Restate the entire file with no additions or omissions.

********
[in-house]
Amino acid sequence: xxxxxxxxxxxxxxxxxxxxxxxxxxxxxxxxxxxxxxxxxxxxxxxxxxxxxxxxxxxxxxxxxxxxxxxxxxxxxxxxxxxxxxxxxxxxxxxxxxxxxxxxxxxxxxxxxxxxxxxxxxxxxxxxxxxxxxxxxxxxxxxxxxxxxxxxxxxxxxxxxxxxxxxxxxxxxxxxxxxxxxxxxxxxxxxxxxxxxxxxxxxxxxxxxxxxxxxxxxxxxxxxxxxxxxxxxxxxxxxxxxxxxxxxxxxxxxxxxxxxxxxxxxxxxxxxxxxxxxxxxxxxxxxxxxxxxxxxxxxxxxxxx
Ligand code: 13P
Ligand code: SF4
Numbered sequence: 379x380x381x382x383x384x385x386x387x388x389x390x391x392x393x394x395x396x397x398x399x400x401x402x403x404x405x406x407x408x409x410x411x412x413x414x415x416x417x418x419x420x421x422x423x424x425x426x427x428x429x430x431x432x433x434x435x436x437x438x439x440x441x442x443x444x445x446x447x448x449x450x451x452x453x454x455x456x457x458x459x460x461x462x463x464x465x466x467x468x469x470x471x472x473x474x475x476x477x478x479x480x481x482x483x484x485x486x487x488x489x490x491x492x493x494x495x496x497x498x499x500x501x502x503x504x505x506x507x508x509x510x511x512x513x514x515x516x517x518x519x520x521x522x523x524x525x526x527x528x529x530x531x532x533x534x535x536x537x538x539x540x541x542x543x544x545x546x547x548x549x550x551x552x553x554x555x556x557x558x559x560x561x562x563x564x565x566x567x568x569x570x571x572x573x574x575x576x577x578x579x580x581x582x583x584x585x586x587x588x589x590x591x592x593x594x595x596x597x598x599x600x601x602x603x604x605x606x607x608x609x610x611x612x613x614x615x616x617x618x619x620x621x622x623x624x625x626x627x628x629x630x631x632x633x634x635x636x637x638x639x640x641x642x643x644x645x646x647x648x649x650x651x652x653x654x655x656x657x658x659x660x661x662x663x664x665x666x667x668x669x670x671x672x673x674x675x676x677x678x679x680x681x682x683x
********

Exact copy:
[in-house]
Amino acid sequence: xxxxxxxxxxxxxxxxxxxxxxxxxxxxxxxxxxxxxxxxxxxxxxxxxxxxxxxxxxxxxxxxxxxxxxxxxxxxxxxxxxxxxxxxxxxxxxxxxxxxxxxxxxxxxxxxxxxxxxxxxxxxxxxxxxxxxxxxxxxxxxxxxxxxxxxxxxxxxxxxxxxxxxxxxxxxxxxxxxxxxxxxxxxxxxxxxxxxxxxxxxxxxxxxxxxxxxxxxxxxxxxxxxxxxxxxxxxxxxxxxxxxxxxxxxxxxxxxxxxxxxxxxxxxxxxxxxxxxxxxxxxxxxxxxxxxxxxxxxxxxxxxx
Ligand code: 13P
Ligand code: SF4
Numbered sequence: 379x380x381x382x383x384x385x386x387x388x389x390x391x392x393x394x395x396x397x398x399x400x401x402x403x404x405x406x407x408x409x410x411x412x413x414x415x416x417x418x419x420x421x422x423x424x425x426x427x428x429x430x431x432x433x434x435x436x437x438x439x440x441x442x443x444x445x446x447x448x449x450x451x452x453x454x455x456x457x458x459x460x461x462x463x464x465x466x467x468x469x470x471x472x473x474x475x476x477x478x479x480x481x482x483x484x485x486x487x488x489x490x491x492x493x494x495x496x497x498x499x500x501x502x503x504x505x506x507x508x509x510x511x512x513x514x515x516x517x518x519x520x521x522x523x524x525x526x527x528x529x530x531x532x533x534x535x536x537x538x539x540x541x542x543x544x545x546x547x548x549x550x551x552x553x554x555x556x557x558x559x560x561x562x563x564x565x566x567x568x569x570x571x572x573x574x575x576x577x578x579x580x581x582x583x584x585x586x587x588x589x590x591x592x593x594x595x596x597x598x599x600x601x602x603x604x605x606x607x608x609x610x611x612x613x614x615x616x617x618x619x620x621x622x623x624x625x626x627x628x629x630x631x632x633x634x635x636x637x638x639x640x641x642x643x644x645x646x647x648x649x650x651x652x653x654x655x656x657x658x659x660x661x662x663x664x665x666x667x668x669x670x671x672x673x674x675x676x677x678x679x680x681x682x683x